🗞️ Tech 1, Antitrust 0

  
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This week: A judge makes a shocking decision in a Facebook case and ADT settles with Ring over blue signs. Plus: the ABA reveals a disturbing trend for racial disparities in bar passage rates.

👨‍⚖️ Facebook notches a victory in the antitrust wars 

The FTC’s biggest antitrust case in years has landed with a thud. 

On Monday, a federal judge threw out the FTC’s action against Facebook, as well as a similar case brought forward by states. Here’s how it all went down.

  • The FTC’s lawsuit argued Facebook had a monopoly over social media: It pointed to acquisitions of Instagram and WhatsApp as evidence of Facebook’s overly dominant position.

  • But the judge didn’t agree: James Boasberg ruled that the FTC had essentially not provided enough facts to illustrate that Facebook held a 60%-plus share of the market. This was a stunning move, given the hype surrounding reforms to major tech companies over the last couple of years.

  • As for the states’ lawsuit: Boasberg said their claims about unwinding Instagram and WhatsApp all stemmed from years ago and were not nearly recent enough. He noted that the action was premised upon things that occurred “when Kevin Durant still played for the Oklahoma City Thunder and when Ebola was the virus dominating headlines.”

The potential solution for the FTC

Stop if you’ve heard this before, but legal analysts say that antitrust laws, relics of the early 20th century, must be reformed for anything to stick against Facebook and other companies. 

  • It could potentially happen: Republicans and Democrats and Congress have signaled support, and this judicial decision may solidify their interest. “This is going to strengthen the case for legislation,” Herbert Hovenkamp, an antitrust expert at the University of Pennsylvania Law School, told the NYT. “It seems to be proof that the antitrust laws are not up to the challenge.”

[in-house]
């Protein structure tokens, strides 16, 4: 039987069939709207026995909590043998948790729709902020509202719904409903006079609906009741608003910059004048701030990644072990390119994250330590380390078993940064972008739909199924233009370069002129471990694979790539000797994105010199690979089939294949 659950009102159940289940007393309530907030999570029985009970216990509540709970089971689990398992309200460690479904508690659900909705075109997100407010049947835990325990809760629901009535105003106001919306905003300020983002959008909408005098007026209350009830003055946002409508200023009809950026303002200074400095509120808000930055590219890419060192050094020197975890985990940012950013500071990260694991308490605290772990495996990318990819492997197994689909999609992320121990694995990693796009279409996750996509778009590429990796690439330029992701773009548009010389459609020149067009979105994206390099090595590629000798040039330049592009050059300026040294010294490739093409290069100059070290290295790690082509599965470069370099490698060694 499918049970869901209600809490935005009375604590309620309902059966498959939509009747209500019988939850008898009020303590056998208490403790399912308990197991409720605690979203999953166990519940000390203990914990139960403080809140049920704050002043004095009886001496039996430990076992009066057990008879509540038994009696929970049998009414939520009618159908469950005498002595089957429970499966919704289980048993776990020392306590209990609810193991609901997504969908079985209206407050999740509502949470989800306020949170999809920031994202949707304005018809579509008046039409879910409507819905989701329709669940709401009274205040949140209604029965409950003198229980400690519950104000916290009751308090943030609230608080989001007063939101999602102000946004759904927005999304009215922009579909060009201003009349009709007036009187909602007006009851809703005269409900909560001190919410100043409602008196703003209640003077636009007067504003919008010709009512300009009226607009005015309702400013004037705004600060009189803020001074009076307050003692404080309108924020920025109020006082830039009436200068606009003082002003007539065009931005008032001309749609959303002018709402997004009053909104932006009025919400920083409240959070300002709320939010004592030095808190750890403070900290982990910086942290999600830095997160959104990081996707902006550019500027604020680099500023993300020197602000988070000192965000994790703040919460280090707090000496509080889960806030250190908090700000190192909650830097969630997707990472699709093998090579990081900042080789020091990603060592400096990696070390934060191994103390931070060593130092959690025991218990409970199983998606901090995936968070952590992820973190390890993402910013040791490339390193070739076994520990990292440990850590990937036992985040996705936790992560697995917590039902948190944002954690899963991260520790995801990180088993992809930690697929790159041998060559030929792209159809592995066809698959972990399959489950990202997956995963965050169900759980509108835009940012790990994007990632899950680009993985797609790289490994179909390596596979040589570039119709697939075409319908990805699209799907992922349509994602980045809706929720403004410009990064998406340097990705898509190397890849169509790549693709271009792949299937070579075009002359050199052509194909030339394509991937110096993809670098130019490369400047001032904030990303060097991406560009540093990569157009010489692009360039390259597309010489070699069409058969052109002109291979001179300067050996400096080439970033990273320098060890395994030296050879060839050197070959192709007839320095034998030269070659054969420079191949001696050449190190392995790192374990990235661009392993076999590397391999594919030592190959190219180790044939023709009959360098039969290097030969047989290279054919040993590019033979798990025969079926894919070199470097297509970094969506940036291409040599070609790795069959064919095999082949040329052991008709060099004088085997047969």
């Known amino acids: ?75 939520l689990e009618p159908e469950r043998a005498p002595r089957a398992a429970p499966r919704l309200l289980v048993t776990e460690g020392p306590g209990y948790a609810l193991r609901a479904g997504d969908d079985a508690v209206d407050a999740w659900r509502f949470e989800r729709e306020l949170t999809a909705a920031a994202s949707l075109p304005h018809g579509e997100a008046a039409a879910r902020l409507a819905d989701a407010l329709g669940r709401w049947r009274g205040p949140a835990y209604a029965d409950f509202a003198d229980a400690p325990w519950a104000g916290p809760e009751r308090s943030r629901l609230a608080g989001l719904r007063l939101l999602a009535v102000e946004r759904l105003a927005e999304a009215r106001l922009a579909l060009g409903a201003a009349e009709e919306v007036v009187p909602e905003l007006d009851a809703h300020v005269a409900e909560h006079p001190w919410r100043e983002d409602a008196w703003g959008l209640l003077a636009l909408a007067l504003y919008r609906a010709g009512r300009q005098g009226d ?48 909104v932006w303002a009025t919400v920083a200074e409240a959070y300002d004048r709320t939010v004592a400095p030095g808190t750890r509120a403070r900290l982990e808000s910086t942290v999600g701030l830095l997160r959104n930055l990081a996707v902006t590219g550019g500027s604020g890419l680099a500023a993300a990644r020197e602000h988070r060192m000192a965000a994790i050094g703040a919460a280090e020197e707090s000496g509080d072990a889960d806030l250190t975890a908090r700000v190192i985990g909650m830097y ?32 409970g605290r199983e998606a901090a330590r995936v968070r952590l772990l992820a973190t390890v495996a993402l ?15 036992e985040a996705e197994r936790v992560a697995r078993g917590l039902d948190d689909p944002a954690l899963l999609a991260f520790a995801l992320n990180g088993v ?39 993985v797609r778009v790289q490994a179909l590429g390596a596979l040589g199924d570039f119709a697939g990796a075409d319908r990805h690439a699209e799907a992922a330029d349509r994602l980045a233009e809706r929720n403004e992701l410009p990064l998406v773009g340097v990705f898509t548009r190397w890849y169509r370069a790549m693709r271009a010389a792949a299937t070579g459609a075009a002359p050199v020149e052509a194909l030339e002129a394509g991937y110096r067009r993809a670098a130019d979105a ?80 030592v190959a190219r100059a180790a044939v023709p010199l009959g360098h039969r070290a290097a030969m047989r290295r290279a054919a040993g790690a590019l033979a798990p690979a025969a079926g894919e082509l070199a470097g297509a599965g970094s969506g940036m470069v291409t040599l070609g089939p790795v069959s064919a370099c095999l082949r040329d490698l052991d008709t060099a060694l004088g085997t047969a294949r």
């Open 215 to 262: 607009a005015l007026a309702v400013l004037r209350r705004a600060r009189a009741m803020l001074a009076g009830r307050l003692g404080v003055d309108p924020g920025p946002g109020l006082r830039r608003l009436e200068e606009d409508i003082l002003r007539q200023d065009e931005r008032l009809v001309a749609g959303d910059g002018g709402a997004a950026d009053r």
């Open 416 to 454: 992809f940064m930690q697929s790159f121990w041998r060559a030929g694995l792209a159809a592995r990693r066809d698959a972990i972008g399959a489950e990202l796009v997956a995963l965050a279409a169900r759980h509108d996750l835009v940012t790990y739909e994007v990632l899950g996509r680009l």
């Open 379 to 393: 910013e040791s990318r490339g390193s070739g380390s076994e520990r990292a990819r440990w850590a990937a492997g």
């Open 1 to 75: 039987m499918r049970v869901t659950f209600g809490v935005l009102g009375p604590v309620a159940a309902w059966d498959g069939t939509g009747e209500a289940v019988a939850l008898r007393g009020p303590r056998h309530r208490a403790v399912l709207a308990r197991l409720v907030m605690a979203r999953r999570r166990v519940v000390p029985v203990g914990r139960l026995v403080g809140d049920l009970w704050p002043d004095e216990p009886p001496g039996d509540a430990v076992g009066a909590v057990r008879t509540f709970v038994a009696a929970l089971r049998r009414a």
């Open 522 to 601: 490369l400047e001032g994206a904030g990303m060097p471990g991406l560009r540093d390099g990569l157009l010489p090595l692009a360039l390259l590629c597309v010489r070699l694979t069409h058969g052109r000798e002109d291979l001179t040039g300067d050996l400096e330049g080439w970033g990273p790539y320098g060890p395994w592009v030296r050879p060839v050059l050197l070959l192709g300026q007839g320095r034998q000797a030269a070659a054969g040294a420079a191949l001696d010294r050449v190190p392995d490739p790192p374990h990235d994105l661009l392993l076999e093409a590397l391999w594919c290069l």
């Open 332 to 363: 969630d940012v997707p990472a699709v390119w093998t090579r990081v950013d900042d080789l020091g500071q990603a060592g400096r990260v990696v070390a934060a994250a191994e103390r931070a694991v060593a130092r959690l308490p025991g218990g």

The Verdict

The judge gave the FTC a month to refile its complaint. 


📃 There’s still a huge gulf in bar passage rates between white and Black and Hispanic lawyers 

New data from last year shows striking racial disparities when it comes to passing the bar, according to Law.com. It’s been like this for years. 

  • The ABA revealed the gap last week: In 2020, the passage for first-time white test takers was 22 percentage points higher than Black test takers and 12 percentage points higher than Hispanic test takers. 

  • The data reflects past trends and apathy: Since at least 1990 studies have shown similar disparities. Still, hardly any key players in the legal community have worked toward solutions. 

Ideas for change

One suggestion is to lower the cut-rate for tests to 130, like Missouri, Minnesota, and a handful of other states have done without endangering the quality of the legal profession. Another suggestion is making bar prep courses more available and affordable.

The Verdict

But wider scale changes have also been proposed (including getting rid of the bar exam entirely). One group of researchers suggests every state should allow licensure through the bar exam and through alternative means such as clinics and supervised practice.


🔵 Ring loses to ADT over a patent 

Apparently this country’s only big enough for one security company with a blue logo. 

  • A few months ago, Ring added new alarms -- called Outdoor Sirens -- for customers: They were octagonal and they were blue, and if you knew anything about home security they probably looked familiar. That’s because ADT has used an octagonal blue sign for decades and has the trademarks to prove it.

  • So ADT sued Ring in April: It asked Ring to stop using the sirens and to fork over some cash in damages. The lawsuit worked. The companies settled last week, and Ring will have to redesign the Outdoor Siren. 

The Verdict

This isn’t the first time ADT has gone after Ring for trademark infringement. A previous sign led to controversy, and so did a dispute over alleged proprietary info. 


💌 What else we’re forwarding

The weird conflict of interest in Australia’s antitrust actions against tech: Australia has come out with some of the strictest laws against companies like Apple and Facebook when it comes to aggregating the news. Is it because of Rupert Murdoch? 

Microsoft and Solar Winds have a common hacker: In this week’s latest in nonstop hacker news, the WSJ discovered that Microsoft got hacked and it was likely by the same Russian syndicate that went after SolarWinds a few months ago. 


🎧 Music we’re working to

Today we’re listening to Jake Muir, a Berlin-based sound artist, and field recorder. He makes richly textured ambient tracks with looping samples from nature and music. Lady’s Mantle constructs a poignant sound world crafted from samples of well-loved American pop smudged with field recordings made everywhere from Iceland to the beaches of California.

Lady’s Mantle - Jake Muir (40m, no vocals)
Spotify / Apple Music / YouTube Music / Amazon Music 


See ya next week,

🧐 Raad